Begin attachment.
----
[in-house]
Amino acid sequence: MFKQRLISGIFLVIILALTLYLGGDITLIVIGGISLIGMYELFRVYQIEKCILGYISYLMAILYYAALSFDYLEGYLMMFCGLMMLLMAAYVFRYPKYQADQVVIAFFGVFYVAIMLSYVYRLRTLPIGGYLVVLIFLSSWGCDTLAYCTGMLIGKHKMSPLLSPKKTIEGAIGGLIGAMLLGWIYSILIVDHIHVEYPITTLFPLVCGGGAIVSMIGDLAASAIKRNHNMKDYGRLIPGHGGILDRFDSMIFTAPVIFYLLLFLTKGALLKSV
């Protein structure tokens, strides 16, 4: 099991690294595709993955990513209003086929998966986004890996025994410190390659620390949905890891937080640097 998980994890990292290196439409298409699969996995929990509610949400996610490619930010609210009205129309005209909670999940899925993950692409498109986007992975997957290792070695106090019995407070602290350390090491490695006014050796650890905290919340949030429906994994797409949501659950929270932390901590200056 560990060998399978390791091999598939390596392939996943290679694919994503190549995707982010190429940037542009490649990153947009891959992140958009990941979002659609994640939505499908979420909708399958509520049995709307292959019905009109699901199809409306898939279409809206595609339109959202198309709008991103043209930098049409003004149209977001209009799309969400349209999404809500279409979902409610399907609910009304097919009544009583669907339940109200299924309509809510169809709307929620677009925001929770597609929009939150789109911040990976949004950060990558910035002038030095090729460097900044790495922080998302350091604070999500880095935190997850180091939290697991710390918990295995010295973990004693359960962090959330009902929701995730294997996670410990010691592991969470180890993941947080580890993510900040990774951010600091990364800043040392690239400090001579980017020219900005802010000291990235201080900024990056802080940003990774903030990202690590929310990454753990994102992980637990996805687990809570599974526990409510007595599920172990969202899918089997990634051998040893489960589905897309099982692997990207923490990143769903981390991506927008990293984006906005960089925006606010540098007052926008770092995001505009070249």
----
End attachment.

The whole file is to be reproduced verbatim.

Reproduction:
[in-house]
Amino acid sequence: MFKQRLISGIFLVIILALTLYLGGDITLIVIGGISLIGMYELFRVYQIEKCILGYISYLMAILYYAALSFDYLEGYLMMFCGLMMLLMAAYVFRYPKYQADQVVIAFFGVFYVAIMLSYVYRLRTLPIGGYLVVLIFLSSWGCDTLAYCTGMLIGKHKMSPLLSPKKTIEGAIGGLIGAMLLGWIYSILIVDHIHVEYPITTLFPLVCGGGAIVSMIGDLAASAIKRNHNMKDYGRLIPGHGGILDRFDSMIFTAPVIFYLLLFLTKGALLKSV
């Protein structure tokens, strides 16, 4: 099991690294595709993955990513209003086929998966986004890996025994410190390659620390949905890891937080640097 998980994890990292290196439409298409699969996995929990509610949400996610490619930010609210009205129309005209909670999940899925993950692409498109986007992975997957290792070695106090019995407070602290350390090491490695006014050796650890905290919340949030429906994994797409949501659950929270932390901590200056 560990060998399978390791091999598939390596392939996943290679694919994503190549995707982010190429940037542009490649990153947009891959992140958009990941979002659609994640939505499908979420909708399958509520049995709307292959019905009109699901199809409306898939279409809206595609339109959202198309709008991103043209930098049409003004149209977001209009799309969400349209999404809500279409979902409610399907609910009304097919009544009583669907339940109200299924309509809510169809709307929620677009925001929770597609929009939150789109911040990976949004950060990558910035002038030095090729460097900044790495922080998302350091604070999500880095935190997850180091939290697991710390918990295995010295973990004693359960962090959330009902929701995730294997996670410990010691592991969470180890993941947080580890993510900040990774951010600091990364800043040392690239400090001579980017020219900005802010000291990235201080900024990056802080940003990774903030990202690590929310990454753990994102992980637990996805687990809570599974526990409510007595599920172990969202899918089997990634051998040893489960589905897309099982692997990207923490990143769903981390991506927008990293984006906005960089925006606010540098007052926008770092995001505009070249």